inspiration. After a lot of hand-wringing and hair-pulling, I concocted a parody of those book group discussion questions you find at the back of paperback novels, based entirely on the only reading material I had with me.

A week later, in response to a report suggesting that Neanderthals may have possessed the power of speech, I cobbled together a hilarious dialogue between a Neanderthal couple who were expecting the
Homo sapiens
next door for supper. With more time I might have come up with a better ending, but as I read it over I felt I was finally starting to find my feet.

The panic returned soon enough. The upcoming Christmas deadlines required several columns to be done in advance. Over the next few weeks I wrote almost exclusively about domestic crises—arguments in front of the telly, arguments about the children, the window cleaner, even about the column itself. I filed each one with a sense of failure and a silent promise to myself that I would adhere more closely to the original brief the following week. When I finally managed to write something with a less personal, more sophisticated conceit, I received an e-mail from the editor, the first real feedback I'd had in months. It said, “What happened to the funny wife?”

And that is how I came splashing my marriage all over the papers. I never really had time to sit down and consider the ethical implications, if any. I know other people see writing about one's family as a pursuit full of interesting moral pitfalls, but I lacked the luxury of that perspective. In fact, a full six months elapsed before I actually realized what it was I trying to achieve with my new column: I was trying to make my wife laugh.

She is almost the only person who reads what I write in
front of me, and I have come to think of her as the planet's main arbiter of what is and isn't funny. Even as I was struggling to produce less personal, more abstract columns, I was noticing that she wasn't laughing at them. She read the Neanderthal one in complete silence in bed one Saturday morning, and then sighed and said, “I miss Jon Ronson.”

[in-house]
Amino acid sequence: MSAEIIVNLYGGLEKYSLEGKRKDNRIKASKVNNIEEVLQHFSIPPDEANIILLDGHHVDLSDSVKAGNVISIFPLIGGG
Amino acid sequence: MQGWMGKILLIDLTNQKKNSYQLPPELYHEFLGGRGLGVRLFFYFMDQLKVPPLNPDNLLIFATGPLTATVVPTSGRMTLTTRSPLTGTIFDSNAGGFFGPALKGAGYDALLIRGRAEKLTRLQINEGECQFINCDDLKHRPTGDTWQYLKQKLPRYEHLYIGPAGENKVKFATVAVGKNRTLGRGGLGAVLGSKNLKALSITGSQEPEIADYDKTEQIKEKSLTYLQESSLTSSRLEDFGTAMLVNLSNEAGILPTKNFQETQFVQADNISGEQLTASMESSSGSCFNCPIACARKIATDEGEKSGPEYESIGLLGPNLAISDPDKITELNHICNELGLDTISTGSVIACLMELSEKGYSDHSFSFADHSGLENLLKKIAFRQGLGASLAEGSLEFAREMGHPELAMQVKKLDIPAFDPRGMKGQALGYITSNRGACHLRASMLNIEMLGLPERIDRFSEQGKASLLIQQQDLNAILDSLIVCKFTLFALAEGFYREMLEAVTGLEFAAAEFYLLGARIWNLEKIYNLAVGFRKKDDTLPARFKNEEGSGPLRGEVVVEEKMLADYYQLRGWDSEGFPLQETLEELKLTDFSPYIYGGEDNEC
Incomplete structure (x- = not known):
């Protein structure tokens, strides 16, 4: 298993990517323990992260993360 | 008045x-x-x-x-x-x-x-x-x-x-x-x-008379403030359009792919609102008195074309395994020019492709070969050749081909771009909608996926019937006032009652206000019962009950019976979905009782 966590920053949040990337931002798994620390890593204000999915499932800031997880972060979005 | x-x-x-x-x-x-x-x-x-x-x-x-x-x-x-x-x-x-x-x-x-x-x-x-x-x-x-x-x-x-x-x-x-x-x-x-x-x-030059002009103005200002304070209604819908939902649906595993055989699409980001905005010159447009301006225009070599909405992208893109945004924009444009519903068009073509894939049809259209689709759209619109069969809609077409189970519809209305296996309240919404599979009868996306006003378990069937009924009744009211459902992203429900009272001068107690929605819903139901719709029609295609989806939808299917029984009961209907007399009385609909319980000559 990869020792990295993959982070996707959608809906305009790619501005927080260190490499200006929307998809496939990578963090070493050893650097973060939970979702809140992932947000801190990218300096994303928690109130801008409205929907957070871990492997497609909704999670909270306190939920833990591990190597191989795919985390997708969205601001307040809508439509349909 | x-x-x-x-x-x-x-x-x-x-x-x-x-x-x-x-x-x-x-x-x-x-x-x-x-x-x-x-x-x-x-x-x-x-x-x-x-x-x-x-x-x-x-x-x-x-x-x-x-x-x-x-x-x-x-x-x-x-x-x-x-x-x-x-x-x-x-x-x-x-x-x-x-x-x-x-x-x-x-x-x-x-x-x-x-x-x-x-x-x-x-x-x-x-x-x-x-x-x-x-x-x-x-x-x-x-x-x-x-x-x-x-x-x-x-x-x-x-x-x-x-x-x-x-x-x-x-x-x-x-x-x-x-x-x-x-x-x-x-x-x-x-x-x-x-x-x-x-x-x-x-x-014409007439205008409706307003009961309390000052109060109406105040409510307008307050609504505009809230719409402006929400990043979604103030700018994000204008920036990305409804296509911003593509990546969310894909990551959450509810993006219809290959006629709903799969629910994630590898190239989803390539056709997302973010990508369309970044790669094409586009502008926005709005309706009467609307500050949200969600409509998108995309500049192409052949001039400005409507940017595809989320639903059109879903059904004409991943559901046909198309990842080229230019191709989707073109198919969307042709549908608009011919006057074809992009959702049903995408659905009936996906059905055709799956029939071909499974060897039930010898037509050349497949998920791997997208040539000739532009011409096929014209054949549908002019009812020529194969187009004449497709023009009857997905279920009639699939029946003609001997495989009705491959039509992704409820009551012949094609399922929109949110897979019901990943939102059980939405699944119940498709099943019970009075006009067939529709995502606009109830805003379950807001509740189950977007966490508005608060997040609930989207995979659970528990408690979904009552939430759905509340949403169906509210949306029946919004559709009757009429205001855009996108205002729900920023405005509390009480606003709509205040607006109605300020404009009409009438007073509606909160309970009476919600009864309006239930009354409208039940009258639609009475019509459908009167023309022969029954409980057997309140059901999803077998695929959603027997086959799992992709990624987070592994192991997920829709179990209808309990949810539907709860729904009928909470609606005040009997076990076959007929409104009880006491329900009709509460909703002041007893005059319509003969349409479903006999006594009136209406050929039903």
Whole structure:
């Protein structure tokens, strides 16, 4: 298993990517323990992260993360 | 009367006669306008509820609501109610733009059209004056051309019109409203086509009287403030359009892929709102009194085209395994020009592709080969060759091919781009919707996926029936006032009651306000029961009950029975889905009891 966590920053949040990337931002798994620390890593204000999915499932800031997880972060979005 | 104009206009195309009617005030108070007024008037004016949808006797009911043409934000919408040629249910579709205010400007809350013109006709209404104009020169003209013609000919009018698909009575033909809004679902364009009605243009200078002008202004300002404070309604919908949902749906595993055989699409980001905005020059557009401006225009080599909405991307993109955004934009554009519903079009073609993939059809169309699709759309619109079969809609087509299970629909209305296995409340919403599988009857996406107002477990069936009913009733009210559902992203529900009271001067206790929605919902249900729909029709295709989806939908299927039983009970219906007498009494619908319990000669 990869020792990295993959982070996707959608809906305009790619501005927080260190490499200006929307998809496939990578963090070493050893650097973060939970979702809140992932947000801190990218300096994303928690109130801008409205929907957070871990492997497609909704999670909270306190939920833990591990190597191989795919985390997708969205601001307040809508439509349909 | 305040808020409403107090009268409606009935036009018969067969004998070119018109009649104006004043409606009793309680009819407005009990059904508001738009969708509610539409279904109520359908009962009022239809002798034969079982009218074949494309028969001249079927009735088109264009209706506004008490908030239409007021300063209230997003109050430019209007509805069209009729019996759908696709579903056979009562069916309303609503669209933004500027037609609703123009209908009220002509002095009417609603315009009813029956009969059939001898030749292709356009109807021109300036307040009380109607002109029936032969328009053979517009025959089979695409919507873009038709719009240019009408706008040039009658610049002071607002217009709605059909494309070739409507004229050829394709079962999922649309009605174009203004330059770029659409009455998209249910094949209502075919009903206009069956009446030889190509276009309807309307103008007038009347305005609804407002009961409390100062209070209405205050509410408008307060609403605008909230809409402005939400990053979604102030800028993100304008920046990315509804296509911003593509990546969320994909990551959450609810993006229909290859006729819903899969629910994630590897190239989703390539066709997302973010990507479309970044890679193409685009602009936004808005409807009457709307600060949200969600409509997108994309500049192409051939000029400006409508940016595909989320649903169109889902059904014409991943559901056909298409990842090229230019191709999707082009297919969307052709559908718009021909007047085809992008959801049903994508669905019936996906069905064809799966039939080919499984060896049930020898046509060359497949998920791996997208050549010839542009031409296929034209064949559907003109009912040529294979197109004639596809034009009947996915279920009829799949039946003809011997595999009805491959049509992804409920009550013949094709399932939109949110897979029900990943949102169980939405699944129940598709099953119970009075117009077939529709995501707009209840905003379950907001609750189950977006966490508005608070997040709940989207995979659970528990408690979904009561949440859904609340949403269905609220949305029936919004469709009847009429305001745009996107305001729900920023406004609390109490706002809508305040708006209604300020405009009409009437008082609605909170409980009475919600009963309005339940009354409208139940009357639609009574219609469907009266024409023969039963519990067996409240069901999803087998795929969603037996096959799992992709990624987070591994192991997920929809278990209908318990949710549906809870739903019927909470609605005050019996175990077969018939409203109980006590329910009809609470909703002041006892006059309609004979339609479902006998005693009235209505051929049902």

But she was reliably amused by any column in which she was featured, often laughing out loud while reading back her own words.

“I'm funny,” she would say, cackling. “You just write it down.”

It is, of course, a delicate balancing act, requiring tact, sound judgment, and a good deal of empathy, which is why I have on several occasions got it badly wrong.

“I don't like when it says ‘my wife' in the headline,” said my wife one Saturday in early 2008. She had never before objected to my referring to her only as “my wife”—appreciating, I think, the halfhearted stab at preserving her anonymity—but spelled out in big letters, the term suddenly looked dismissive and belittling, especially in a headline like the one she was reading: “I don't like it when my wife hires people and then leaves their stewardship to me.” It was an understandable objection, one that required a tactful, carefully worded response.

“I don't do the headline,” I said. “They do the headline.”

Some months later she told me I couldn't write about our eldest son referring to her as a “self-esteem roller,” but it didn't feel like a gem I could relinquish easily. I wrote about it anyway, including her objection in the piece, and decided to treat her stony silence as tacit approval.

Six months after that my wife exclaimed, apropos of
nothing, that she would divorce me if I ever wrote that I found her watching
Dog Borstal
. It seemed like a bluff worth calling.

One rainy day during our summer holiday in Cornwall, she looked up from the newspaper at me with very angry eyes.

“You've gone too far,” she said. I looked back blankly—by the time the paper comes out, I don't always remember what I've written.

“What are you talking about?” I said.

“You compared me to the Canoe Wife!” she shouted. Then I remembered: we'd been bickering while watching something on the news about the Canoe Man—who had disappeared after rowing off in what was, I believe, technically a kayak—and his wife, who conspired with him to fake his death so they could start a new life in Panama.